Showing results for: Social entrepreneurship
The Food Ethics Council has created a new website about food citizenship, aimed at changemakers in the food and farming system, arguing that it is easier to influence the food system when people think of themselves as citizens rather than consumers.
An op-ed by Phat Beets Produce and Food First, both Californian food justice organisations, argues that commercial ventures buying and selling cheap “ugly” (e.g. misshapen) produce are undercutting food justice initiatives (such as Phat Beets Produce’s own community-supported agriculture scheme) and reducing the amount of surplus food available to be sent to food banks.
This book, by Ray A. Goldberg, provides the perspectives of people involved in shaping the global food system, including leaders in academia, nonprofits, public health, and the private and public sectors.
This book, edited by Diana Bogueva, Dora Marinova and Talia Raphaely, explores how social marketing (which tries to change behaviours for the common good) can impact consumption of and attitudes towards animal products.
The Food Law and Policy Clinic at Harvard Law School, partnering with the Johns Hopkins Center for a Livable Future, has released an update to the toolkit Good Laws, Good Food: Putting Local Food Policy to Work for Our Communities. The toolkit is intended as a guide for advocates who seek to influence food law and policy in their local communities in the US.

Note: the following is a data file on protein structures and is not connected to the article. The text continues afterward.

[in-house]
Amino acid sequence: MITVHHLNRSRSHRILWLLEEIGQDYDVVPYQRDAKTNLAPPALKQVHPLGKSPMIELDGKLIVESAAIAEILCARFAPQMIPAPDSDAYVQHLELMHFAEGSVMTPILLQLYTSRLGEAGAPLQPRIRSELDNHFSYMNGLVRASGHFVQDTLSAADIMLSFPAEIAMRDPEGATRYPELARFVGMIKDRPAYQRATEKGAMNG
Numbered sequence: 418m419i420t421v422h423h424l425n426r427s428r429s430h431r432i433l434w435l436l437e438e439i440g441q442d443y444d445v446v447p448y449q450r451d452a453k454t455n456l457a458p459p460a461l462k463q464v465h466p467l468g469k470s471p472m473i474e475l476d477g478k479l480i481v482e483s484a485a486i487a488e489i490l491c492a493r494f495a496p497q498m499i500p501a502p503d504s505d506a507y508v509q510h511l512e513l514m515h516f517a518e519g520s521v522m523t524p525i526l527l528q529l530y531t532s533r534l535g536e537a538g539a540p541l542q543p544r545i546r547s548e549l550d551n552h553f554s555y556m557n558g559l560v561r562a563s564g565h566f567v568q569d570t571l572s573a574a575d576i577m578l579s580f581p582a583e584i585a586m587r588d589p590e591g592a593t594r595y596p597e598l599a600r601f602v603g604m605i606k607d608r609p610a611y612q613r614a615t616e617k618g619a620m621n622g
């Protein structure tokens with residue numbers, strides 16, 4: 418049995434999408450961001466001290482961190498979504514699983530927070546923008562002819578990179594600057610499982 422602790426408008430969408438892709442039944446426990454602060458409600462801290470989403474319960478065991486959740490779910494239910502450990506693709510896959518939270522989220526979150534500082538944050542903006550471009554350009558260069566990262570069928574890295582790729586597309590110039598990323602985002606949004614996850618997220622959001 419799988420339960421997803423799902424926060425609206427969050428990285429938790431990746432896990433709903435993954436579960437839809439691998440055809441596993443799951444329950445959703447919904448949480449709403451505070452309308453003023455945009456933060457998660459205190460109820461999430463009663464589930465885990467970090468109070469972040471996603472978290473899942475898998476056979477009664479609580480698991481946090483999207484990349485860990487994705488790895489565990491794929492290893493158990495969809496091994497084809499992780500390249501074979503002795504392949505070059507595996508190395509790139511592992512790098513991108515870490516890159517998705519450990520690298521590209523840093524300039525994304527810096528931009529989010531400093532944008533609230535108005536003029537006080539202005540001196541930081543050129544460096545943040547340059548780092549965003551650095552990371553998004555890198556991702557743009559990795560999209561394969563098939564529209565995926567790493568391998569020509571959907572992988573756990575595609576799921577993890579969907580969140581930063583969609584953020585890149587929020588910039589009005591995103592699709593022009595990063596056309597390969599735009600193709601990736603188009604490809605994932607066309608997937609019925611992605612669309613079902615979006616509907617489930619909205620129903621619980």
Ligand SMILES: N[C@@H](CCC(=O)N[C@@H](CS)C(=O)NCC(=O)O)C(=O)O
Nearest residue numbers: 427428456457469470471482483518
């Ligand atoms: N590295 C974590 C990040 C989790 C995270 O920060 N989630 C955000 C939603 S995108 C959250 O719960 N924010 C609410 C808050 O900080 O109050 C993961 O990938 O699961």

This new book, edited by Michel. P. Pimbert, Director at the Center for Agroecology, Water and Resilience in the U.K., critically examines the kinds of knowledge and ways of knowing needed for food sovereignty, agroecology and biocultural diversity.
This report from IIED looks at when and how social learning-oriented approaches contribute to better and more sustainable development outcomes, focusing specifically on food security and climate change.
The Cambridge News reports on a recent start-up called Entomics, who are researching and developing the use of Black Soldier Fly larvae as a means of converting food waste into compounds that can be extracted and turned into more useful products.
The local food movement is one of the most active of current civil engagement social movements. This work presents primary evidence from over 900 documents, interviews, and participant observations, and provides the first descriptive history of local food movement national policy achievements in the US, from 1976 to 2013, and in the UK, from 1991 to 2013, together with reviews of both the American and British local food movements. It provides a US-UK comparative context, significantly updating earlier comparisons of American, British and European farm and rural policies.
This Local food grants report by University of Gloucestershire’s Countryside and Community Research Institute (CCRI) assesses the benefits created by the Local Food Programme using a Social Return on Investment (SROI) approach. The SROI approach was developed from social accounting and cost-benefit analysis. The outcome assessment is based on a ratio of benefit-to-investment calculation including social, environmental and economic values.